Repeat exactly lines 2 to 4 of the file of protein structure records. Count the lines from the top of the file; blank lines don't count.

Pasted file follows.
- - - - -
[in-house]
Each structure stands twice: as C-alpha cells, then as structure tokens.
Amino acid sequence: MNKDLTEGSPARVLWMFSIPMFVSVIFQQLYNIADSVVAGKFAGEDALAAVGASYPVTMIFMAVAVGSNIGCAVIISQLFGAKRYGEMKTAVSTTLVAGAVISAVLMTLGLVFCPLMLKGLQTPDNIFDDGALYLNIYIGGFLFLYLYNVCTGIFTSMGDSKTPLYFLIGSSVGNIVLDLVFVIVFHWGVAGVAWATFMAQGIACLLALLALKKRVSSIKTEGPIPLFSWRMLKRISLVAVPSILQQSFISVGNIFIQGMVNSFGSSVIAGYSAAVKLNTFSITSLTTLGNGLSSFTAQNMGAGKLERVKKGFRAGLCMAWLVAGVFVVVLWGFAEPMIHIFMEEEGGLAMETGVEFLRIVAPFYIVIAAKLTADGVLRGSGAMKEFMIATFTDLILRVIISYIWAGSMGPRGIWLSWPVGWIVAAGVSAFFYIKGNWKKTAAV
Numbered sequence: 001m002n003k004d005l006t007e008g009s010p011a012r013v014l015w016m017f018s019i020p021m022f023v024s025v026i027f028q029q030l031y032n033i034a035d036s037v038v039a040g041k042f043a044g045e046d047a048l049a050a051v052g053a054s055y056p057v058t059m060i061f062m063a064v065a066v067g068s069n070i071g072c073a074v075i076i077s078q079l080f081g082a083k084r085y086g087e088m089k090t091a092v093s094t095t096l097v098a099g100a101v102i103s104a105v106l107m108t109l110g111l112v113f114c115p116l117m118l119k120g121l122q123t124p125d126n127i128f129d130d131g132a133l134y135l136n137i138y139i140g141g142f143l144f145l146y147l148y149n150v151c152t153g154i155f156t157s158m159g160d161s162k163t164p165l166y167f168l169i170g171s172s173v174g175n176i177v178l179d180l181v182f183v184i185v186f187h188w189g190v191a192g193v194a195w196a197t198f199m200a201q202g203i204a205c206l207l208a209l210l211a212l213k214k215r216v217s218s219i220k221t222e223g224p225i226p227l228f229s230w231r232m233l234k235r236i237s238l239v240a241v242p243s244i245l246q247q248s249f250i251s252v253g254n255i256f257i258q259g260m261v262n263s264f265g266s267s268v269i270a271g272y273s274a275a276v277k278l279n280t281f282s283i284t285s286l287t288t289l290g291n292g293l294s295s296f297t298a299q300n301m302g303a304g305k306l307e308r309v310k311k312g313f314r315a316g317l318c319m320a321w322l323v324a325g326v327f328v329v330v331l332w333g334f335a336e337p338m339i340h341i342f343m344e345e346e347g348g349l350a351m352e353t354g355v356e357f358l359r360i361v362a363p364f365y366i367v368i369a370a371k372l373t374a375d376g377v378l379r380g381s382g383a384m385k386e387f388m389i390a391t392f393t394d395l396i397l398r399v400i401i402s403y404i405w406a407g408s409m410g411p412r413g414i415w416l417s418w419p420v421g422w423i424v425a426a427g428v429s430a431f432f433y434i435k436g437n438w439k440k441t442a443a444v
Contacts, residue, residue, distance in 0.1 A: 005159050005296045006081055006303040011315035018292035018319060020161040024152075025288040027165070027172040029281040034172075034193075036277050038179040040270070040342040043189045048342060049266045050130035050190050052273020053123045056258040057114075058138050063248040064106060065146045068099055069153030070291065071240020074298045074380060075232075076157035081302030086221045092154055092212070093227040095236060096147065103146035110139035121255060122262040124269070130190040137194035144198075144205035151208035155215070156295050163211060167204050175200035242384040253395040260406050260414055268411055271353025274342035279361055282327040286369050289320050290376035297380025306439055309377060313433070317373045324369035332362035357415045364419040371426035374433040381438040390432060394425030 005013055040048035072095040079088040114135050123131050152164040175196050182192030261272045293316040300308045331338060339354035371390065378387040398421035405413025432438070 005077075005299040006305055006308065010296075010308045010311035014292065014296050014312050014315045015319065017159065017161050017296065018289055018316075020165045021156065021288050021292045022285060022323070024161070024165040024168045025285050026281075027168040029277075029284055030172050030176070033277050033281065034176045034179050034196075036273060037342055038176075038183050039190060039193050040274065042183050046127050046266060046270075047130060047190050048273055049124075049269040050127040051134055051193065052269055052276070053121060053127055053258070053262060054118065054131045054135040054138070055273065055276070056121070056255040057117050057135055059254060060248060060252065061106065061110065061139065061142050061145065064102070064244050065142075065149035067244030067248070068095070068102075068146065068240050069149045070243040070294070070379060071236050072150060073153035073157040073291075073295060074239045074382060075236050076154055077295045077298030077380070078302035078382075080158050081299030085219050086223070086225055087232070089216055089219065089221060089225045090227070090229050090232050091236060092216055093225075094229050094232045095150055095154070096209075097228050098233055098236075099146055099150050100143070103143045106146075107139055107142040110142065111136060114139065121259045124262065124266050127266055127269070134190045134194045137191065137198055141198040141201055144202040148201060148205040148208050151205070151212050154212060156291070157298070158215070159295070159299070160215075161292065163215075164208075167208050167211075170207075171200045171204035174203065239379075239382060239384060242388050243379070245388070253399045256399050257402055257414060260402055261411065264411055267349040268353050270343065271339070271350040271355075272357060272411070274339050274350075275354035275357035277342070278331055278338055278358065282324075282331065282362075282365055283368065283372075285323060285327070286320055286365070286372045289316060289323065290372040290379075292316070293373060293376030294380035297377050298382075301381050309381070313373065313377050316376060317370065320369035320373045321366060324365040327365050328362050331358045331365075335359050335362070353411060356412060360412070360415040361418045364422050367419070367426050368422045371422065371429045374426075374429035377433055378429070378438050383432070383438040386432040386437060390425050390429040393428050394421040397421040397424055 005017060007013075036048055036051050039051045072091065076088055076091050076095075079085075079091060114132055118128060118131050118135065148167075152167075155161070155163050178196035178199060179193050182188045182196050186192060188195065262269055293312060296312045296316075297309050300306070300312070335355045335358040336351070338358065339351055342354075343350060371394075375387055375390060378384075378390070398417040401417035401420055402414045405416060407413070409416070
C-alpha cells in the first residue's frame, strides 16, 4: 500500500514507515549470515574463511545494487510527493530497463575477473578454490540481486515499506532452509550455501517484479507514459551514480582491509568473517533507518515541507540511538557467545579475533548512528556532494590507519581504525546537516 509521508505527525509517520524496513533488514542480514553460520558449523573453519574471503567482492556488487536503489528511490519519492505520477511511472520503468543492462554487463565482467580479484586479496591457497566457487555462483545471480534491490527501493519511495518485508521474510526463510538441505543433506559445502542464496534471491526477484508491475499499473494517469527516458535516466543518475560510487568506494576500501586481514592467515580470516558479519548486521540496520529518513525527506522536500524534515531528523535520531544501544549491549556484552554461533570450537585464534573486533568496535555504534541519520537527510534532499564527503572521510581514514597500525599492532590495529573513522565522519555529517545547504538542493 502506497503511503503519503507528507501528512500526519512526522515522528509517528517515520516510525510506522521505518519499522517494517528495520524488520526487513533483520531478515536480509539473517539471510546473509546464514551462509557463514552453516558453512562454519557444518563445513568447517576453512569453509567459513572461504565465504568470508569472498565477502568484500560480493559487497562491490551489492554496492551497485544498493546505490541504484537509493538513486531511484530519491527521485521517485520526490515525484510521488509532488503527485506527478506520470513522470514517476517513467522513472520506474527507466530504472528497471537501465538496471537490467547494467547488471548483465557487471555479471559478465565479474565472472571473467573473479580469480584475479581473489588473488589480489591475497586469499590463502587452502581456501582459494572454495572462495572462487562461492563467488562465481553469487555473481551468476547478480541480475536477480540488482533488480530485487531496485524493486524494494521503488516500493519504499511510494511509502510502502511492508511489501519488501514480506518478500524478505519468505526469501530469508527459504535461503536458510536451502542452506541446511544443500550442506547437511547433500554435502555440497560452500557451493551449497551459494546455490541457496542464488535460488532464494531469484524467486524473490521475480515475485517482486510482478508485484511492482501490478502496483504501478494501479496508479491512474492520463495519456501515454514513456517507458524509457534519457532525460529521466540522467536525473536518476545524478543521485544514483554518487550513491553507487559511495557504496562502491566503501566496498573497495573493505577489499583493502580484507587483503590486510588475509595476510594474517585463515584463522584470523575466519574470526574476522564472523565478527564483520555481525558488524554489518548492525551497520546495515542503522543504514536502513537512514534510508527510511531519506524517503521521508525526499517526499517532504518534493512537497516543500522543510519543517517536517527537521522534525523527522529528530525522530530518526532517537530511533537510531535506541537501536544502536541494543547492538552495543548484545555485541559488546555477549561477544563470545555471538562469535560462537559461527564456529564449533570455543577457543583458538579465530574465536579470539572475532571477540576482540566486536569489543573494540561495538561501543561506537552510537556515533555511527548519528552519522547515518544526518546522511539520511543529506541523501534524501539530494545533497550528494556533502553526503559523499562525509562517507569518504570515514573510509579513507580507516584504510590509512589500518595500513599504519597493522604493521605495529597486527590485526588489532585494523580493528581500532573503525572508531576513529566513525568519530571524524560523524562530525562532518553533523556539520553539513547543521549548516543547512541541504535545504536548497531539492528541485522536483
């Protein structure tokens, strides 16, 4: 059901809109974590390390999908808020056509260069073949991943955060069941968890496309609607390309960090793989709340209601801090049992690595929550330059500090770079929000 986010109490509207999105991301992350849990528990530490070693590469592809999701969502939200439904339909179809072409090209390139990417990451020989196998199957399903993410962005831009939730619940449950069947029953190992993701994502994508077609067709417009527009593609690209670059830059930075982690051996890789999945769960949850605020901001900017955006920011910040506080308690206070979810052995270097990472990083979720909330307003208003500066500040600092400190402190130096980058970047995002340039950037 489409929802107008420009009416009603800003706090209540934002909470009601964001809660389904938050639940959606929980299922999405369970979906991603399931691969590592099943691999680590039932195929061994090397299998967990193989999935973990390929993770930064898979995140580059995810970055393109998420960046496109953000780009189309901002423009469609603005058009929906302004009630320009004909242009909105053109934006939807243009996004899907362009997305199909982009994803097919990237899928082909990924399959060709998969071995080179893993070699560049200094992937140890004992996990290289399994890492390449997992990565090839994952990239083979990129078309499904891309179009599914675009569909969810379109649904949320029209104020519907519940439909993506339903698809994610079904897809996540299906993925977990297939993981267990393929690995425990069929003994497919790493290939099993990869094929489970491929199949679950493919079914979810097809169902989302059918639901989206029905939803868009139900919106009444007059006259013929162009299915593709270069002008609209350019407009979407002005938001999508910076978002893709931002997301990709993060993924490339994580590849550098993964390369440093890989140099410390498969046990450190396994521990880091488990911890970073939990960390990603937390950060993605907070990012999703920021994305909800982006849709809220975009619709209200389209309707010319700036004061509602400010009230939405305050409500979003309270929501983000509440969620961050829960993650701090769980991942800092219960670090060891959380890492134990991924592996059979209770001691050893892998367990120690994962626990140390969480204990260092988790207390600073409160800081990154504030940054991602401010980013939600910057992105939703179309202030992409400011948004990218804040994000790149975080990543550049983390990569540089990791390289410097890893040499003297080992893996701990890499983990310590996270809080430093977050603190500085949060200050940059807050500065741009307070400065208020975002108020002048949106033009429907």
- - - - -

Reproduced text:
Each structure stands twice: as C-alpha cells, then as structure tokens.
Amino acid sequence: MNKDLTEGSPARVLWMFSIPMFVSVIFQQLYNIADSVVAGKFAGEDALAAVGASYPVTMIFMAVAVGSNIGCAVIISQLFGAKRYGEMKTAVSTTLVAGAVISAVLMTLGLVFCPLMLKGLQTPDNIFDDGALYLNIYIGGFLFLYLYNVCTGIFTSMGDSKTPLYFLIGSSVGNIVLDLVFVIVFHWGVAGVAWATFMAQGIACLLALLALKKRVSSIKTEGPIPLFSWRMLKRISLVAVPSILQQSFISVGNIFIQGMVNSFGSSVIAGYSAAVKLNTFSITSLTTLGNGLSSFTAQNMGAGKLERVKKGFRAGLCMAWLVAGVFVVVLWGFAEPMIHIFMEEEGGLAMETGVEFLRIVAPFYIVIAAKLTADGVLRGSGAMKEFMIATFTDLILRVIISYIWAGSMGPRGIWLSWPVGWIVAAGVSAFFYIKGNWKKTAAV
Numbered sequence: 001m002n003k004d005l006t007e008g009s010p011a012r013v014l015w016m017f018s019i020p021m022f023v024s025v026i027f028q029q030l031y032n033i034a035d036s037v038v039a040g041k042f043a044g045e046d047a048l049a050a051v052g053a054s055y056p057v058t059m060i061f062m063a064v065a066v067g068s069n070i071g072c073a074v075i076i077s078q079l080f081g082a083k084r085y086g087e088m089k090t091a092v093s094t095t096l097v098a099g100a101v102i103s104a105v106l107m108t109l110g111l112v113f114c115p116l117m118l119k120g121l122q123t124p125d126n127i128f129d130d131g132a133l134y135l136n137i138y139i140g141g142f143l144f145l146y147l148y149n150v151c152t153g154i155f156t157s158m159g160d161s162k163t164p165l166y167f168l169i170g171s172s173v174g175n176i177v178l179d180l181v182f183v184i185v186f187h188w189g190v191a192g193v194a195w196a197t198f199m200a201q202g203i204a205c206l207l208a209l210l211a212l213k214k215r216v217s218s219i220k221t222e223g224p225i226p227l228f229s230w231r232m233l234k235r236i237s238l239v240a241v242p243s244i245l246q247q248s249f250i251s252v253g254n255i256f257i258q259g260m261v262n263s264f265g266s267s268v269i270a271g272y273s274a275a276v277k278l279n280t281f282s283i284t285s286l287t288t289l290g291n292g293l294s295s296f297t298a299q300n301m302g303a304g305k306l307e308r309v310k311k312g313f314r315a316g317l318c319m320a321w322l323v324a325g326v327f328v329v330v331l332w333g334f335a336e337p338m339i340h341i342f343m344e345e346e347g348g349l350a351m352e353t354g355v356e357f358l359r360i361v362a363p364f365y366i367v368i369a370a371k372l373t374a375d376g377v378l379r380g381s382g383a384m385k386e387f388m389i390a391t392f393t394d395l396i397l398r399v400i401i402s403y404i405w406a407g408s409m410g411p412r413g414i415w416l417s418w419p420v421g422w423i424v425a426a427g428v429s430a431f432f433y434i435k436g437n438w439k440k441t442a443a444v